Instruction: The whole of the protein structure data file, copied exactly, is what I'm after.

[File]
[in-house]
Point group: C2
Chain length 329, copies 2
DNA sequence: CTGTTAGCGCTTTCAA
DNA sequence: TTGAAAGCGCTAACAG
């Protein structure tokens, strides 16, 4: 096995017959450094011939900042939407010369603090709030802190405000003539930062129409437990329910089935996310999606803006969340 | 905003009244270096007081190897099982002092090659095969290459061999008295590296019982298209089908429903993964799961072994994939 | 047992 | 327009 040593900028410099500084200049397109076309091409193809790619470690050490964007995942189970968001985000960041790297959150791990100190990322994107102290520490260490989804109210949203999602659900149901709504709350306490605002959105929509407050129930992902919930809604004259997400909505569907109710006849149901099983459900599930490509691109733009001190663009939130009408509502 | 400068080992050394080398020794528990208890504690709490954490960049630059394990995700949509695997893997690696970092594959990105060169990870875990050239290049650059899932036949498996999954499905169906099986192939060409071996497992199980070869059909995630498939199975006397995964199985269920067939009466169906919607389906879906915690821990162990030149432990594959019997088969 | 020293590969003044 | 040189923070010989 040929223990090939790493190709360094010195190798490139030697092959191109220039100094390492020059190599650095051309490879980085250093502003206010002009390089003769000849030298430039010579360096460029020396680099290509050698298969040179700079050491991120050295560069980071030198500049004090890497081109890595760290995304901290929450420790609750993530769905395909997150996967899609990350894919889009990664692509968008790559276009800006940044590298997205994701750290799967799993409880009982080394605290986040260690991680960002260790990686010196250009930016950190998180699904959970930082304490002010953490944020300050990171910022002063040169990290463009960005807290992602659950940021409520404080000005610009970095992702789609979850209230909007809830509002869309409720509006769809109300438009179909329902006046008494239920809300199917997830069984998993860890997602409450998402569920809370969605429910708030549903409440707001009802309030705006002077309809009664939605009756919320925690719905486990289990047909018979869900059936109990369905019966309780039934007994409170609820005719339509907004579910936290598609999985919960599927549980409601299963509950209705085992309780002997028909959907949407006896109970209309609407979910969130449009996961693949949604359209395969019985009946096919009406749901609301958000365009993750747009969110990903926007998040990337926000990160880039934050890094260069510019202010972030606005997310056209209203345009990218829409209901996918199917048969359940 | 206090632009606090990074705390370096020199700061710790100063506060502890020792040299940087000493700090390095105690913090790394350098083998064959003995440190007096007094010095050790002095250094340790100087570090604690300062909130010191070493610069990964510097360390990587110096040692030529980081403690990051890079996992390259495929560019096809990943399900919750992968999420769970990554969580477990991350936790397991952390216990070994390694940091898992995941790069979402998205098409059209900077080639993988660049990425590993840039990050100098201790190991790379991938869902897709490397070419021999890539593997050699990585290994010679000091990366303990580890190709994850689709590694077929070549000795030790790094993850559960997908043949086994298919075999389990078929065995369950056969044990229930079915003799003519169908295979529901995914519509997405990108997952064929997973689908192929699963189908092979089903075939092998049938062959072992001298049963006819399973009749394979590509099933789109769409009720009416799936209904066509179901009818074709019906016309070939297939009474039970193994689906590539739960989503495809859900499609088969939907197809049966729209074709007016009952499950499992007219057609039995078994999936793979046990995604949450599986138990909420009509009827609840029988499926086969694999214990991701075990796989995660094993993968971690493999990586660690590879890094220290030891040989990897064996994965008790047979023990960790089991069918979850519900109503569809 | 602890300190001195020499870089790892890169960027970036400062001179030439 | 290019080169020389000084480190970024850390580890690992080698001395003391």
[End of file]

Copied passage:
[in-house]
Point group: C2
Chain length 329, copies 2
DNA sequence: CTGTTAGCGCTTTCAA
DNA sequence: TTGAAAGCGCTAACAG
């Protein structure tokens, strides 16, 4: 096995017959450094011939900042939407010369603090709030802190405000003539930062129409437990329910089935996310999606803006969340 | 905003009244270096007081190897099982002092090659095969290459061999008295590296019982298209089908429903993964799961072994994939 | 047992 | 327009 040593900028410099500084200049397109076309091409193809790619470690050490964007995942189970968001985000960041790297959150791990100190990322994107102290520490260490989804109210949203999602659900149901709504709350306490605002959105929509407050129930992902919930809604004259997400909505569907109710006849149901099983459900599930490509691109733009001190663009939130009408509502 | 400068080992050394080398020794528990208890504690709490954490960049630059394990995700949509695997893997690696970092594959990105060169990870875990050239290049650059899932036949498996999954499905169906099986192939060409071996497992199980070869059909995630498939199975006397995964199985269920067939009466169906919607389906879906915690821990162990030149432990594959019997088969 | 020293590969003044 | 040189923070010989 040929223990090939790493190709360094010195190798490139030697092959191109220039100094390492020059190599650095051309490879980085250093502003206010002009390089003769000849030298430039010579360096460029020396680099290509050698298969040179700079050491991120050295560069980071030198500049004090890497081109890595760290995304901290929450420790609750993530769905395909997150996967899609990350894919889009990664692509968008790559276009800006940044590298997205994701750290799967799993409880009982080394605290986040260690991680960002260790990686010196250009930016950190998180699904959970930082304490002010953490944020300050990171910022002063040169990290463009960005807290992602659950940021409520404080000005610009970095992702789609979850209230909007809830509002869309409720509006769809109300438009179909329902006046008494239920809300199917997830069984998993860890997602409450998402569920809370969605429910708030549903409440707001009802309030705006002077309809009664939605009756919320925690719905486990289990047909018979869900059936109990369905019966309780039934007994409170609820005719339509907004579910936290598609999985919960599927549980409601299963509950209705085992309780002997028909959907949407006896109970209309609407979910969130449009996961693949949604359209395969019985009946096919009406749901609301958000365009993750747009969110990903926007998040990337926000990160880039934050890094260069510019202010972030606005997310056209209203345009990218829409209901996918199917048969359940 | 206090632009606090990074705390370096020199700061710790100063506060502890020792040299940087000493700090390095105690913090790394350098083998064959003995440190007096007094010095050790002095250094340790100087570090604690300062909130010191070493610069990964510097360390990587110096040692030529980081403690990051890079996992390259495929560019096809990943399900919750992968999420769970990554969580477990991350936790397991952390216990070994390694940091898992995941790069979402998205098409059209900077080639993988660049990425590993840039990050100098201790190991790379991938869902897709490397070419021999890539593997050699990585290994010679000091990366303990580890190709994850689709590694077929070549000795030790790094993850559960997908043949086994298919075999389990078929065995369950056969044990229930079915003799003519169908295979529901995914519509997405990108997952064929997973689908192929699963189908092979089903075939092998049938062959072992001298049963006819399973009749394979590509099933789109769409009720009416799936209904066509179901009818074709019906016309070939297939009474039970193994689906590539739960989503495809859900499609088969939907197809049966729209074709007016009952499950499992007219057609039995078994999936793979046990995604949450599986138990909420009509009827609840029988499926086969694999214990991701075990796989995660094993993968971690493999990586660690590879890094220290030891040989990897064996994965008790047979023990960790089991069918979850519900109503569809 | 602890300190001195020499870089790892890169960027970036400062001179030439 | 290019080169020389000084480190970024850390580890690992080698001395003391």